Saturday, 25 August 2012

Week 3: IPSI Hague Symposium (Site seeing!)

IPSI classes in Action

Going into week 3, and thoroughly emotionally tested by some of the stories and accounts from the country case studies of the past week, we had the opportunity to visit several of the international justice 'mechanisms' in the Hague. As the IPSI president told us, they were all 'rolling out the red carpets' for us. The places we visited included:
  • The Special Court for Sierra Leone (the Charles Taylor portion was held in the Hague, the rest of the trials were conducted in Sierra Leone)
  • The Special Tribunal for Lebanon
  • The International Criminal Court

Some of IPSI's finest at the ICC
A Brazilian, a Lebanese-Australian, and a South African
(Photo Courtesy of Manelle Chawk)

These visits were in addition to the International Criminal Tribunal for Yugoslavia (which I mentioned here) and the Peace Palace, which houses the International Court of Justice and the International Court of Arbitration.

The Peace Palace in den Haag
Home of the International Court of Justice and
the International Court of Arbitration

Visiting the actual buildings, for me, created a tangible sense of 'justice in action'. Seeing all the technology, the formality, and the principles of law brought to life definitely stirs my legal nerdy soul. 

It's interesting to realize, however, that with each of the courts, there are serious challenges and criticisms. For example, the Special Tribunal for Lebanon was set up internationally, through a UN security council resolution, without the express consent of the Lebanese government. It is also an incredibly narrow tribunal - focused on one instance: the assassination of Rafiq Hariri in 2005. It has not been able to arrest any of its suspects, and is proceeding with trial regardless - a trial in absentia. The prosecution's case is built entirely on circumstantial evidence. The political nature of the tribunal means that expectations are unreasonably high, there is already a lot of negative pressure, and it's unclear what impact the STL will have. The existence of the STL seems to raise more questions and concerns than it contributes to the pursuit of justice.

Yet, at the same time, the STL has already released a decision where it has come up with a tangible, precedent-setting definition of the International Crime of Terrorism. From a lawyer's perspective, that is quite a big deal. But from the general public's view, is that Justice? That is an open question, and not one I'm capable of answering, for now.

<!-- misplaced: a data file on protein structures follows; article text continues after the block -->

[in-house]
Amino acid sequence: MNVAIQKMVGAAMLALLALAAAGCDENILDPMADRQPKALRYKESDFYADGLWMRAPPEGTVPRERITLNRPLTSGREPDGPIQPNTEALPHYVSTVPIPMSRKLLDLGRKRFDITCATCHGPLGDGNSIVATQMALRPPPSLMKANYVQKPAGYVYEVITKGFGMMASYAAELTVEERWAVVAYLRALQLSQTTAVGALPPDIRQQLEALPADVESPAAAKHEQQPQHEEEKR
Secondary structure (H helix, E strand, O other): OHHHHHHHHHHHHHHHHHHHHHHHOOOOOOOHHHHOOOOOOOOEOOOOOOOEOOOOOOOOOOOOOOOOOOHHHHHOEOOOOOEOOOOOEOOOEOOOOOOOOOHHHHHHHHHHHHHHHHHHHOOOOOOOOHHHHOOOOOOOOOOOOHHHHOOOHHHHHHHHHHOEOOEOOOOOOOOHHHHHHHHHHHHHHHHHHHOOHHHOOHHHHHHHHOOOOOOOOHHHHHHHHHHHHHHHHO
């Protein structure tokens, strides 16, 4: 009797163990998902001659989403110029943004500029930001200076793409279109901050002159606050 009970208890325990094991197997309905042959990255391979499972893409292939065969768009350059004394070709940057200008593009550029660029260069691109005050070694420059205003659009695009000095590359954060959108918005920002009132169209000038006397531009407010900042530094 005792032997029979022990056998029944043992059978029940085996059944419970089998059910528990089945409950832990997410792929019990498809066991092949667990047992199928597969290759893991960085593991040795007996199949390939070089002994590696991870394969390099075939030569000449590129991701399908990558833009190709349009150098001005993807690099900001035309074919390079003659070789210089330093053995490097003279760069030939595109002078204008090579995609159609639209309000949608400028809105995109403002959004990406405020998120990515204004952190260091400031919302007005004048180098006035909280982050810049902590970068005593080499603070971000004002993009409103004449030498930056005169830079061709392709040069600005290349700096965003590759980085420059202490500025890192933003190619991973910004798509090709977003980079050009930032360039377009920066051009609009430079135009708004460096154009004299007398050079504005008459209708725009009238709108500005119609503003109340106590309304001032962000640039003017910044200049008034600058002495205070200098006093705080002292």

I'll say this: the systems of Law and Justice that we seem to be setting up focus on principles (not policies) that 'we' (whoever that is) believe to be essential to a properly functioning society. This 'focus' has two aspects - defining what the principles are, and implementing those principles. That's it. The methods that we use to do this are as varied as the cultures on this planet. Is it the best way of doing things? I have no idea - principles rarely have any grounding in empirical fact. But I'm open to being wrong on that.

The western conception of Justice is a blind woman with a sword and balancing scales. It's interesting because, if you think about it, if she swings the sword, she could injure friends, foes, or no one at all; likewise, how would she ever know if the 'scales of justice' are actually balancing out? This is eerily accurate - for example, the Canadian Criminal Code is littered with crimes that apply to no one, mandatory sentences for certain crimes that hinder rehabilitation or that foster social inequalities, and lacks crimes for certain actions that are detrimental to society as a whole.

Shouldn't Justice be an Architect? Or maybe an Interior Designer? It's an idea worth exploring, since most of the 'Buildings of Justice' that we visited were, well, kind of ugly (with the exception of the Peace Palace). 

The whole IPSI Gang outside of the ICTY
(Photo Courtesy of Khaled)

In addition to the site visits, we also had some interesting in-class sessions as well. The first was on the role of memory in reconciliation. Outside of the issue of Justice, how do we actually help victims? How do we create an environment where it is possible to forgive and/or forget? Or just simply move forward? Often we talk about a lot of different things that come out of conflict, and resolving conflict often involves negotiations, compromise, and taking actions towards accountability, truth-seeking, and acknowledgement. But I wonder, how do you restore or repair human dignity?

This post was full of questions and queries. It highlights one thing - we live in a global world that is far from perfect. A world, however imperfect, that I happen to be a pretty big fan of. It's a world that needs a lot of work, and I'm willing and able to do my part. I just hope we make a bit more room for Justice to be aesthetically pleasing.


Interested in learning more about the IPSI Hague Symposium? Check it out here: The recap of Week 4 is coming up. I guarantee it will involve a lot more colourful language.

1 comment:

  1. Hello, Mr.Joshua Lam !

    I am Jeongmin Choi from Republic of Korea.
    I am law school student at Pusan National Univ.
    And I am a member of law review society and writing an article about Park won-hwa who is a Space arbitrator of Permanent Court of Arbitration.

    PNU law school law review society(LawWave) publishes yearly magazine.
    You can refer to this website.(

    I am searching for some pictures of Permanent Court of Arbitration and found good one in your post.

    May I use this picture for our law review article?
    Of course I will disclose the source of this picture.

    I will wait for your reply.
    You can reply me by email. (

    Thank you.


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